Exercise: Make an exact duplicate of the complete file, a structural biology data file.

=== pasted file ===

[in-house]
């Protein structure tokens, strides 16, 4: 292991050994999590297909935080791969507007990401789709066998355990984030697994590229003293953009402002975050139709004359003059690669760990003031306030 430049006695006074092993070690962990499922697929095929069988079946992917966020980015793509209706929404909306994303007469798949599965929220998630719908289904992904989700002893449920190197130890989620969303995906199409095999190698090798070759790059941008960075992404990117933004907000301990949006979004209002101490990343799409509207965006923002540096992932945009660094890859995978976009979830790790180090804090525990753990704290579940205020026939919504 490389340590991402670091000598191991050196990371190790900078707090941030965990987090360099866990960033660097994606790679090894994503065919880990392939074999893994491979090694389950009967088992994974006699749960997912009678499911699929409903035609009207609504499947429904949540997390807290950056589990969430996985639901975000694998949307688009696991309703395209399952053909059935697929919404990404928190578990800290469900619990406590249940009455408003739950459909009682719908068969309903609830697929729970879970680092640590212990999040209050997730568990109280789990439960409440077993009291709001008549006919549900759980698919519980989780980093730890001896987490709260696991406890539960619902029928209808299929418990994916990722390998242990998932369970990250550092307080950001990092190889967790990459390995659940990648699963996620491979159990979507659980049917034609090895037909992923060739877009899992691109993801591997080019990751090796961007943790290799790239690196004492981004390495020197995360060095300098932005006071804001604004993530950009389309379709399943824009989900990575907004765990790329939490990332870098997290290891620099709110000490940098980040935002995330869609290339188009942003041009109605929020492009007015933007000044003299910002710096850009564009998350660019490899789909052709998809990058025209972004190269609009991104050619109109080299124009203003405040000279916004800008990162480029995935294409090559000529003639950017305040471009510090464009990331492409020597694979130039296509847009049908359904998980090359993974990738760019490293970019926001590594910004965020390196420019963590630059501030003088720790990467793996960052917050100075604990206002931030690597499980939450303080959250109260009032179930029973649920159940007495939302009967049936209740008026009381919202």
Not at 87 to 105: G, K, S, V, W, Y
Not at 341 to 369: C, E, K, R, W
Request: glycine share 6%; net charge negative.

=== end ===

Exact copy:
[in-house]
């Protein structure tokens, strides 16, 4: 292991050994999590297909935080791969507007990401789709066998355990984030697994590229003293953009402002975050139709004359003059690669760990003031306030 430049006695006074092993070690962990499922697929095929069988079946992917966020980015793509209706929404909306994303007469798949599965929220998630719908289904992904989700002893449920190197130890989620969303995906199409095999190698090798070759790059941008960075992404990117933004907000301990949006979004209002101490990343799409509207965006923002540096992932945009660094890859995978976009979830790790180090804090525990753990704290579940205020026939919504 490389340590991402670091000598191991050196990371190790900078707090941030965990987090360099866990960033660097994606790679090894994503065919880990392939074999893994491979090694389950009967088992994974006699749960997912009678499911699929409903035609009207609504499947429904949540997390807290950056589990969430996985639901975000694998949307688009696991309703395209399952053909059935697929919404990404928190578990800290469900619990406590249940009455408003739950459909009682719908068969309903609830697929729970879970680092640590212990999040209050997730568990109280789990439960409440077993009291709001008549006919549900759980698919519980989780980093730890001896987490709260696991406890539960619902029928209808299929418990994916990722390998242990998932369970990250550092307080950001990092190889967790990459390995659940990648699963996620491979159990979507659980049917034609090895037909992923060739877009899992691109993801591997080019990751090796961007943790290799790239690196004492981004390495020197995360060095300098932005006071804001604004993530950009389309379709399943824009989900990575907004765990790329939490990332870098997290290891620099709110000490940098980040935002995330869609290339188009942003041009109605929020492009007015933007000044003299910002710096850009564009998350660019490899789909052709998809990058025209972004190269609009991104050619109109080299124009203003405040000279916004800008990162480029995935294409090559000529003639950017305040471009510090464009990331492409020597694979130039296509847009049908359904998980090359993974990738760019490293970019926001590594910004965020390196420019963590630059501030003088720790990467793996960052917050100075604990206002931030690597499980939450303080959250109260009032179930029973649920159940007495939302009967049936209740008026009381919202």
Not at 87 to 105: G, K, S, V, W, Y
Not at 341 to 369: C, E, K, R, W
Request: glycine share 6%; net charge negative.